commit/${dcnum}-${i}|g" ${TAR_EXTRACTS_TO}-${dcnum}-${i}/conf/
    cassandra.yaml
    sed -i "s|/var/lib/cassandra/saved_caches|${HIGH_PERF_CAS}/
    saved_caches/${dcnum}-${i}|g" ${TAR_EXTRACTS_TO}-${dcnum}-${i}/
    conf/cassandra.yaml
    sed -i "s|8080|8${dcnum}0${i}|g" ${TAR_EXTRACTS_TO}-${dcnum}-
    ${i}/conf/cassandra-env.sh

  3. Change the snitch from SimpleSnitch to RackInferringSnitch. This will use the listen address of the Cassandra machine to locate it in the datacenter and rack:

    sed -i "s|org.apache.cassandra.locator.SimpleSnitch|org.
    apache.cassandra.locator.RackInferringSnitch|g" ${TAR_EXTRACTS_
    TO}-${dcnum}-${i}/conf/cassandra.yaml
    done
    dcnum=`expr $dcnum + 1`
    done
    popd

  4. Run this script passing arguments to create two datacenters with each having three nodes:

    $ sh scripts/multiple_instances_dc.sh dc1-3 dc2-3

  5. Start up each node in the cluster. Then, connect to a node with the cassandra-cli. Create a keyspace. Ensure the placement_strategy is the NetworkTopologyStrategy and supply it strategy_options to configure how many replicas to place in each datacenter:

    [default@unknown] create keyspace ks33 placement_strategy = 'org.
    apache.cassandra.locator.
    NetworkTopologyStrategy' and strategy_options=[{0:2,1:2}];s

How it works...

This script takes command-line arguments and uses those to set up multiple Cassandra instances using specific IP addresses. The IP addresses are chosen to work with the RackInferringSnitch. After starting the cluster, a keyspace using NetworkTopologyStrategy with a replication factor of 6 is created. The strategy_ options specify three replicas in datacenter 0 and three in datacenter 1.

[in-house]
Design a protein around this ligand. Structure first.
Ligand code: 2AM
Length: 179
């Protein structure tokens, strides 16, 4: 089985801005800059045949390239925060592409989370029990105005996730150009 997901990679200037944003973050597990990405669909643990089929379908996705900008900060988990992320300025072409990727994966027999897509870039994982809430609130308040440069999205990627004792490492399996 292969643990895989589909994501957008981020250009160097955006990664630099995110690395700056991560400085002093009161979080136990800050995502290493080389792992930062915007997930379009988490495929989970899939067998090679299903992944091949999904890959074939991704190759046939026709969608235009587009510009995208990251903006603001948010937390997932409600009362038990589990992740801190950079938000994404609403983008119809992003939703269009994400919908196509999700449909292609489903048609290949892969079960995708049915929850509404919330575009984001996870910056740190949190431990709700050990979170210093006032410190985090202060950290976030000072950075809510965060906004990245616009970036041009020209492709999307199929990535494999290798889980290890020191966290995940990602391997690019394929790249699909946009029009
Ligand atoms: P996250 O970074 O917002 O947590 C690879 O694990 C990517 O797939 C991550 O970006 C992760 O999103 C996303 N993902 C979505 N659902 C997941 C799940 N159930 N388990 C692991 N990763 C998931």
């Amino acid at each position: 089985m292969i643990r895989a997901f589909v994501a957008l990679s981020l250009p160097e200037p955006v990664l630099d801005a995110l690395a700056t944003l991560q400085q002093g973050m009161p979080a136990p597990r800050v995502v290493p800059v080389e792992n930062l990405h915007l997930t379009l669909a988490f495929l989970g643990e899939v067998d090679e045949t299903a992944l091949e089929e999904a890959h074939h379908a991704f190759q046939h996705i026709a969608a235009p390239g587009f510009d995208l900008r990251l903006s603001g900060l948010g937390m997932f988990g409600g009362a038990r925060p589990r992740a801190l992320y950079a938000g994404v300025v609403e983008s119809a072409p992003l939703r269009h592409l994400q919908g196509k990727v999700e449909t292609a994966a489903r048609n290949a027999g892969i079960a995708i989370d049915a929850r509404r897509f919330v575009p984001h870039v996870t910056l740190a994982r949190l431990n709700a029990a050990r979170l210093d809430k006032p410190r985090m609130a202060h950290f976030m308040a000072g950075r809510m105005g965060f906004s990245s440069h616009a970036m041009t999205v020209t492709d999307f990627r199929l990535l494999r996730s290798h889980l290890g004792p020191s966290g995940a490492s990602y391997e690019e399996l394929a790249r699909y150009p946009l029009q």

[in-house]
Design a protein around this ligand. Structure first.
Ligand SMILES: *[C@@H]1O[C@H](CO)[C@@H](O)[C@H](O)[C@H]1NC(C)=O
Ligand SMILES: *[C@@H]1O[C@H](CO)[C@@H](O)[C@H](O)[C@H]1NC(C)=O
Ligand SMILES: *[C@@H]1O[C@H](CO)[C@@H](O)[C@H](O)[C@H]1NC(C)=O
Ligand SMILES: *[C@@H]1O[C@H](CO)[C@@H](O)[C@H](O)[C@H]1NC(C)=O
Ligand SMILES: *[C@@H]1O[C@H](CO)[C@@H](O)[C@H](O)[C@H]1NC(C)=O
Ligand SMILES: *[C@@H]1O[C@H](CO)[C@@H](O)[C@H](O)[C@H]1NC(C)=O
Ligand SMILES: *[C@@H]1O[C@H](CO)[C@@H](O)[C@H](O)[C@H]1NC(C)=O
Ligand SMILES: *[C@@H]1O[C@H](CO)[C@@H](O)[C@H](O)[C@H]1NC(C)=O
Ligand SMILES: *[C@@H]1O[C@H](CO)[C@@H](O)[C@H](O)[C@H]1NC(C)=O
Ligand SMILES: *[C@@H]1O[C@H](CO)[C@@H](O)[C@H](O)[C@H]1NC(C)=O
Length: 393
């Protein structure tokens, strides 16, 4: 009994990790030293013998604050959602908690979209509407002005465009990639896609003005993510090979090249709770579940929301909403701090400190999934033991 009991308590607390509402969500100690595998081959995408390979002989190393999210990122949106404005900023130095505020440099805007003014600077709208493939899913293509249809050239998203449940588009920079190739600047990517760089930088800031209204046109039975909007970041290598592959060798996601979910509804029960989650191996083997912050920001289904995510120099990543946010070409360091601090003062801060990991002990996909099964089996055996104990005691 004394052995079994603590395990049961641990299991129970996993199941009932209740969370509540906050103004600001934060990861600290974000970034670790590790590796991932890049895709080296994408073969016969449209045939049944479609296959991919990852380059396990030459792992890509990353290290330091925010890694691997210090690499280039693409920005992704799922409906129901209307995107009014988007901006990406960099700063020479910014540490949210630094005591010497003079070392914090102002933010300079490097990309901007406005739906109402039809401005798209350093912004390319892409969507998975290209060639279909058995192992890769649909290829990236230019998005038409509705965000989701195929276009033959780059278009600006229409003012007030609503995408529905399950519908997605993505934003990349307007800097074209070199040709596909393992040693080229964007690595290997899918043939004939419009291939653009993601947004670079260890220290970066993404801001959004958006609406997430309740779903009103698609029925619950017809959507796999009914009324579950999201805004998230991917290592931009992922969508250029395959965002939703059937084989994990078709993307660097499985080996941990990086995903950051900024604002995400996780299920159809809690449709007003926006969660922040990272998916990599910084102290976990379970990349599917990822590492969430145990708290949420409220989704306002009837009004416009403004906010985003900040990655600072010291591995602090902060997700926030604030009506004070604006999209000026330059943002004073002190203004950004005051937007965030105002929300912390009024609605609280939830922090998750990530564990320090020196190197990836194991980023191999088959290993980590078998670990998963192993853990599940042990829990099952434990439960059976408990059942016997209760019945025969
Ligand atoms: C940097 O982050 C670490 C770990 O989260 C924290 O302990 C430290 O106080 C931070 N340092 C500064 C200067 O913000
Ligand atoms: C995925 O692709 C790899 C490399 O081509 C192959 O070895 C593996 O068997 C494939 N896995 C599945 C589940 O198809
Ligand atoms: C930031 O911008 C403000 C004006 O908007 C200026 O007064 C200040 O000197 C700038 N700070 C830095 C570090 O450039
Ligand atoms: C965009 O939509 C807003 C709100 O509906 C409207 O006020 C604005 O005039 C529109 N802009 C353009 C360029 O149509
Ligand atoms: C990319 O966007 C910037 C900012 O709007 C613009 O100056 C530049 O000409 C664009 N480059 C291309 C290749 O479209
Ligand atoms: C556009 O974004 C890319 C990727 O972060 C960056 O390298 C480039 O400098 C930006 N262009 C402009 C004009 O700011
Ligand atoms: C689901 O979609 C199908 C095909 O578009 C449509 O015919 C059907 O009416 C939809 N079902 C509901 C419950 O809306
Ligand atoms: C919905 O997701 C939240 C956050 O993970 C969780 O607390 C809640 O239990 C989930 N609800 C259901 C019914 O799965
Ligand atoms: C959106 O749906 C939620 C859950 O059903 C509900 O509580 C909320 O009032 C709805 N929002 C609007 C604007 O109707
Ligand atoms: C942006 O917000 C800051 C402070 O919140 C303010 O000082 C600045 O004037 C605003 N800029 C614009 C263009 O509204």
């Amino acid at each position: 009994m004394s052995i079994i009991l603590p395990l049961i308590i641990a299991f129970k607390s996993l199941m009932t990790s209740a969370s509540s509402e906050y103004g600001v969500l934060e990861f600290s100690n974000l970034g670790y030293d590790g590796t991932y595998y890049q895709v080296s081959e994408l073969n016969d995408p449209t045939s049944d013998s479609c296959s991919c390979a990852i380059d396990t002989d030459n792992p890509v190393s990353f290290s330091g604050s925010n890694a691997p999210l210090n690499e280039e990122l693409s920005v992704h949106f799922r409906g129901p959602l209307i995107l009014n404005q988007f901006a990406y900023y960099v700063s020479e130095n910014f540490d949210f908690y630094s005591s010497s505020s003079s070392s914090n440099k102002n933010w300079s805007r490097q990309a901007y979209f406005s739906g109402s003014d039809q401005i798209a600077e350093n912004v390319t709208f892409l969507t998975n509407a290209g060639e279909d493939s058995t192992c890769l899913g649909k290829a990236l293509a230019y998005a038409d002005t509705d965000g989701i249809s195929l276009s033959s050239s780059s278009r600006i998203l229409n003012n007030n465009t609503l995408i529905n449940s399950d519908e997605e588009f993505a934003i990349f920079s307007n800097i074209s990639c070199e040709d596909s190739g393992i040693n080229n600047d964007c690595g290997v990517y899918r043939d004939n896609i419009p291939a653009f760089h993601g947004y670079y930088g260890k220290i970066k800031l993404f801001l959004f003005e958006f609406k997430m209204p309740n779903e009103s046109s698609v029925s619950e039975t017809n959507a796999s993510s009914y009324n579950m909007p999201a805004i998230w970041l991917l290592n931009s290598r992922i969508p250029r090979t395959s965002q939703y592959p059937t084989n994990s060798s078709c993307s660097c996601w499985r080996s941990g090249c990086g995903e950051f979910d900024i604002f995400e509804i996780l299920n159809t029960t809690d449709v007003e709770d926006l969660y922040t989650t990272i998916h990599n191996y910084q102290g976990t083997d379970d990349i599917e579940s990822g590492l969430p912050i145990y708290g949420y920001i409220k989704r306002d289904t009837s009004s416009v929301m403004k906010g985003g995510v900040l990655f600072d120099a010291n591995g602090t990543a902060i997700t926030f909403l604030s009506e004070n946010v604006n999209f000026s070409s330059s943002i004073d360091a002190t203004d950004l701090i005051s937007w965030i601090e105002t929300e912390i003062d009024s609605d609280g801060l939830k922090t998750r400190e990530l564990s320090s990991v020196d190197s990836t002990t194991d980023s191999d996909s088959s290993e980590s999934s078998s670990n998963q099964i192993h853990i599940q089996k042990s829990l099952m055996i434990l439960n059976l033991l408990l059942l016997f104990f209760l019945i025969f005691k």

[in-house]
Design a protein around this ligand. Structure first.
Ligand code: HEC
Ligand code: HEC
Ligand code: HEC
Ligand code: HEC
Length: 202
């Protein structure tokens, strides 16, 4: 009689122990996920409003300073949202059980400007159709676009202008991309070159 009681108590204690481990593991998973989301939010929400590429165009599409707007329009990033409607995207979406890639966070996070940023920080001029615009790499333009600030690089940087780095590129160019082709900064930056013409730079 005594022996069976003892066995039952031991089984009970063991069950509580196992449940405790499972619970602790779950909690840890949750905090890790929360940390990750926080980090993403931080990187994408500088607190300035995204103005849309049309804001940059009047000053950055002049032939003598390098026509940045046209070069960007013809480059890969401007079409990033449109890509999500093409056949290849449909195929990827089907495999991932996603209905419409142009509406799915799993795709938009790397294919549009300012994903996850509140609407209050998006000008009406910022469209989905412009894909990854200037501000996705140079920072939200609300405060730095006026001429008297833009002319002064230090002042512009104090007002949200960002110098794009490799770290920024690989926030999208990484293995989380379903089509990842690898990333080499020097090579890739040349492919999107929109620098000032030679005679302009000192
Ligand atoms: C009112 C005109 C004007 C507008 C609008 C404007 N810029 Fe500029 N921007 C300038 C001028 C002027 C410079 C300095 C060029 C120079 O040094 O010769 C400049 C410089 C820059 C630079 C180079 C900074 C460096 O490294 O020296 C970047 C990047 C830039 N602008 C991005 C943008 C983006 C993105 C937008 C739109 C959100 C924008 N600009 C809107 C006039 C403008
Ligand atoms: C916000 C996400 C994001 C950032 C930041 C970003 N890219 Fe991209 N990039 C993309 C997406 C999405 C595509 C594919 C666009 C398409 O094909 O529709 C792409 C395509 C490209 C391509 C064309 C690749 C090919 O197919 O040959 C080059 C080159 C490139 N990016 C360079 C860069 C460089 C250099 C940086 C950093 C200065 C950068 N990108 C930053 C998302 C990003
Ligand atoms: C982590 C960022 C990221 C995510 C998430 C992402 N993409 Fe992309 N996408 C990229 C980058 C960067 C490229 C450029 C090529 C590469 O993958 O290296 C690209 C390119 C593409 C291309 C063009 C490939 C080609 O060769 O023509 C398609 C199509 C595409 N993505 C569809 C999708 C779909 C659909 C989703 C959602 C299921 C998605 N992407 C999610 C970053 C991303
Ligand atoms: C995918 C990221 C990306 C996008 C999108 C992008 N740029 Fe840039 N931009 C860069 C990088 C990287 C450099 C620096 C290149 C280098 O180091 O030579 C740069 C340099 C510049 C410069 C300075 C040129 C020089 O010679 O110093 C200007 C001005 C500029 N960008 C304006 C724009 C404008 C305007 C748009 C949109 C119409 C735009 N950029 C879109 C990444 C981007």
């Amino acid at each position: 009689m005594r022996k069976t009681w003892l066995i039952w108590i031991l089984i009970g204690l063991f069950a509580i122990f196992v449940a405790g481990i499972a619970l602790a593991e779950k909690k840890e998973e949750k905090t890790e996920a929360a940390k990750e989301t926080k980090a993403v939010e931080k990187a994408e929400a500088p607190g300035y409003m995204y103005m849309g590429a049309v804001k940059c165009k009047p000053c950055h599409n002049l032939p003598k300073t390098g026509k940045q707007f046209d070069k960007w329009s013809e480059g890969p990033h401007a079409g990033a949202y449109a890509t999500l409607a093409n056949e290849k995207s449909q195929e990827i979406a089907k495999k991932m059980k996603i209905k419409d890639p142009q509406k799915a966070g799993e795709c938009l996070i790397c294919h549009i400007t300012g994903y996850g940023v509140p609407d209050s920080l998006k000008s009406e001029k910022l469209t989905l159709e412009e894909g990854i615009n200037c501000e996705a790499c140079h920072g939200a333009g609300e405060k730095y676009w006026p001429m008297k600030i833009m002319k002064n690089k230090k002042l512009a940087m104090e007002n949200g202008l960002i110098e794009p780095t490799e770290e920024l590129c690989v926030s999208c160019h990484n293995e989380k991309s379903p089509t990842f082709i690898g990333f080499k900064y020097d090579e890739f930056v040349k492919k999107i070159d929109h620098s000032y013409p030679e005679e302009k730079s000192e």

Determining natural endpoints, datacenter, and rack for a given key

When troubleshooting, it is valuable to know which rack and datacenter your snitch believes a node belongs to. Also, knowing which machines would store a specific key is important when troubleshooting specific failures or determining how your strategy is spreading data across the cluster. This recipe shows how to use JConsole to find this information.

How to do it...

Inside JConsole, select the Mbeans tab, expand the org.apache.cassandra.db tree, expand the EndPointSnitch Mbean, then select Operations. In the right pane, find the button labeled getRack. Enter the IP address of a node to find rack information in the text box next to the button. Enter 127.0.1.0, then click on the getRack button.

Apache Cassandra: Working in Multiple Datacenter Environments

In the operations list, another method getDatacenter is defined. Supply the IP address of a node in the text box next to the button and then click on OK.

Apache Cassandra: Working in Multiple Datacenter Environments

How it works...

This operation is used internally to intelligently route requests. Calling this operation is a way to check that the PropertyFileSnitch or RackInferringSnitch is working correctly.

Manually specifying Rack and Datacenter configuration with a property file snitch